Anyway, the Matriarch had seen some of my stuff, and literally gushed "oh you must do my family portraits" etc etc
Initially I declined.
Its not something I do, I said. Its a hobby I said.
She didn't give up, then enticing me with money.....
I still said no ..
Then I thought, why not? Good experience at any rate, and there has always got to be a first time right?
So, I reluctantly said yes. On the proviso that I will shoot the photos etc, but they are to view the finished articles as a family, then pay me what they think they are worth ...
This could go badly wrong! But I figure if my work is good enough, they won't take the proverbial, and if it is bad, it should be reflected in the 'contribution'
I had the Matriarch around this morning ... to show via big screen the images I had selected (and would submit if I had been contracted to do the job)
She made all the right noises ... But I am an Englishman, they ALL make the right noises ...

Anyway, I don't consider my self a 'pro' I don't consider myself that good. But I AM my biggest critic ..
I consider I have a LONG way to go. Additionally I have never pointed myself in this direction, its just something I like doing. If this means I get to make some pocket money, doing something I like.... That makes me lucky right?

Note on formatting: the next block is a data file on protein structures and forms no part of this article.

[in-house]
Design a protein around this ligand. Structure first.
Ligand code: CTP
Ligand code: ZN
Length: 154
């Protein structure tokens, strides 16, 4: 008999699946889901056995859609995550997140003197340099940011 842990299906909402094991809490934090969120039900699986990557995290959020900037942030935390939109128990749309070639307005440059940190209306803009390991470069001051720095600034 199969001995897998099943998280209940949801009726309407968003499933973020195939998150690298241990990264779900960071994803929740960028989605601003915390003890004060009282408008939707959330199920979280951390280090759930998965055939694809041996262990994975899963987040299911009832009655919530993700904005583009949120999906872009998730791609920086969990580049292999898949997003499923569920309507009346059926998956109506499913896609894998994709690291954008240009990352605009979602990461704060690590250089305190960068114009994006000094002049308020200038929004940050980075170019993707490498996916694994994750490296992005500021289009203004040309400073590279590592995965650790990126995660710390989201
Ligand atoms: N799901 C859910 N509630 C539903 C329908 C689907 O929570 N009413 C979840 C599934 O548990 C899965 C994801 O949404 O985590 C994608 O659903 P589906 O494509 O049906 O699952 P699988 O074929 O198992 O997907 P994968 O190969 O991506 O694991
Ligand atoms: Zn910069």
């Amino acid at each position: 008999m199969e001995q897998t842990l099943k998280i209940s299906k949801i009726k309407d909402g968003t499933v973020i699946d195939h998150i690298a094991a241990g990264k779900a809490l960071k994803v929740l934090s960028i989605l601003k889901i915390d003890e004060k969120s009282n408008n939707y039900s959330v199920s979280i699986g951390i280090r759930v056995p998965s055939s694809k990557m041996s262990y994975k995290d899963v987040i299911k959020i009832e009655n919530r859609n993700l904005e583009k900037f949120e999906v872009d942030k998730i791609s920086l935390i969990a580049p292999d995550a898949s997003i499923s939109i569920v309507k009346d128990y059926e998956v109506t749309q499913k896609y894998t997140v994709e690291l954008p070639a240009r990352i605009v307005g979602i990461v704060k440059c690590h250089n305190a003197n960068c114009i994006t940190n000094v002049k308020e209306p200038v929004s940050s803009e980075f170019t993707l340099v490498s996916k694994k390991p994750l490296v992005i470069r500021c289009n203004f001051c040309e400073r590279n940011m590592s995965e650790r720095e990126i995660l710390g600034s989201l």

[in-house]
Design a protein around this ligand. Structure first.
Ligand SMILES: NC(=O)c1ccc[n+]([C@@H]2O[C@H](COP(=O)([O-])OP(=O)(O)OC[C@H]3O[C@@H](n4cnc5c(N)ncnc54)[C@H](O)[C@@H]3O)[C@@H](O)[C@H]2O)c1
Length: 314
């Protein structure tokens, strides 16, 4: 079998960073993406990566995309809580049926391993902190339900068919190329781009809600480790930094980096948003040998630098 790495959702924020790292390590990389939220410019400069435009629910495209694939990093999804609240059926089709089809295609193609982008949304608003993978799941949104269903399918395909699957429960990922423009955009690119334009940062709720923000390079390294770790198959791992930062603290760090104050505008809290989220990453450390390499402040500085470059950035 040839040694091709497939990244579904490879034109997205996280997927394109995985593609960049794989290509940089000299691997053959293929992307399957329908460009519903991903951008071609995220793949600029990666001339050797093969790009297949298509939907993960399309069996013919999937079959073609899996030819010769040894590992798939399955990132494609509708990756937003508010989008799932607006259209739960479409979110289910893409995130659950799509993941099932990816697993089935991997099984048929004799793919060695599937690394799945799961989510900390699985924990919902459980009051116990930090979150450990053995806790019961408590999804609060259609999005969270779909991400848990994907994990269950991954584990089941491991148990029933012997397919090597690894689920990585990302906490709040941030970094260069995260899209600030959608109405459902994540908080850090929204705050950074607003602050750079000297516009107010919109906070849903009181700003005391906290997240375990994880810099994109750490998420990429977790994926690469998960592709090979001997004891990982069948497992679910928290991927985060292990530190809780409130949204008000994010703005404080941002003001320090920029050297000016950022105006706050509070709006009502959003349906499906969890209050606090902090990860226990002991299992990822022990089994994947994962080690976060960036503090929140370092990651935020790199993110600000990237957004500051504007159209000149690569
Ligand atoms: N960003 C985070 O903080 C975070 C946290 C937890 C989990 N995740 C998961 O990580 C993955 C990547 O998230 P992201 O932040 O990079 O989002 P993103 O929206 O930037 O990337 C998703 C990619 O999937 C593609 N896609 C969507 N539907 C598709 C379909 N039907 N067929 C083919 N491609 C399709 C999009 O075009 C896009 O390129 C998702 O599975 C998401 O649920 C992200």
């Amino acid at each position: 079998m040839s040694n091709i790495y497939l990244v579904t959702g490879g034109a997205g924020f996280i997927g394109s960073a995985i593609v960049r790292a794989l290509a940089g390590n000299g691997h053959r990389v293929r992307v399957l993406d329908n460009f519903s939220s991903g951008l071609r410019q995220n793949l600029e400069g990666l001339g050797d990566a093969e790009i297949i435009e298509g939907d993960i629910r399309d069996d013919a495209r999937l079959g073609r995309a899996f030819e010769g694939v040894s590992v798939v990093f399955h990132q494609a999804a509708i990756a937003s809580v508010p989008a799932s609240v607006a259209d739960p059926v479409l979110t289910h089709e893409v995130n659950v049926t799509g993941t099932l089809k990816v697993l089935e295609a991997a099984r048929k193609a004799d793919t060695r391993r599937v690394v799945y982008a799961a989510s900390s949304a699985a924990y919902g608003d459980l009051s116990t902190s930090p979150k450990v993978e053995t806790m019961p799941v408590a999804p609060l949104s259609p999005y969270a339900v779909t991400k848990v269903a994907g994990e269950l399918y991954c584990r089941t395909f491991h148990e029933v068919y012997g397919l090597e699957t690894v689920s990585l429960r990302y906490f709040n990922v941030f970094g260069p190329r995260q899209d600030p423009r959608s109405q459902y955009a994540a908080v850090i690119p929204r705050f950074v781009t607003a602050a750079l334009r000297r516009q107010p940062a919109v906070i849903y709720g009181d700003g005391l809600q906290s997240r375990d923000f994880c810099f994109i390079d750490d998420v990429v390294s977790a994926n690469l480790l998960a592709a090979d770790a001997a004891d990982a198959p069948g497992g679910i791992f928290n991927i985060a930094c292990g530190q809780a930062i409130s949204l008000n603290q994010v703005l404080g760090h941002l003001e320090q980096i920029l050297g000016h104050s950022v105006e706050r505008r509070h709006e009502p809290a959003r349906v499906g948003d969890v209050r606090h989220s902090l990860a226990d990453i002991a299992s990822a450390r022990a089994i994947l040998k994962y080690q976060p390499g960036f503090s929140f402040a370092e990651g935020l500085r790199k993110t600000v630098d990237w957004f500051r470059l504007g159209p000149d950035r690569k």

When I started photography, I had to wait to see what the images looked like.
You remember? When we had to wait days or even weeks to see the finished article? When getting a shot wrong was heartbreaking because you took it days ago, and had to save your pennies in order to get the film developed? When you could actually attribute a monetry value to an image, as you could divide the cost of your developing, by 36?
Sorry, I am getting into the realms of vitriol!
Anyway, I do get the feeling nowadays, that its considered an 'easy' job. Shoot, Look, Delete or PostProcess .... Gone are the days of self realisation and actual practice, or at least a time served period to learn your craft. I get the impression now, that of the few "Pros" I have spoken to, it is learnt in a classroom, and unless you have that "qualification" you cannot take a photo ....
Bit like saying Miss Daisy could race in F1 .....

Anyway, I waffle.

In short I agree with the original blog!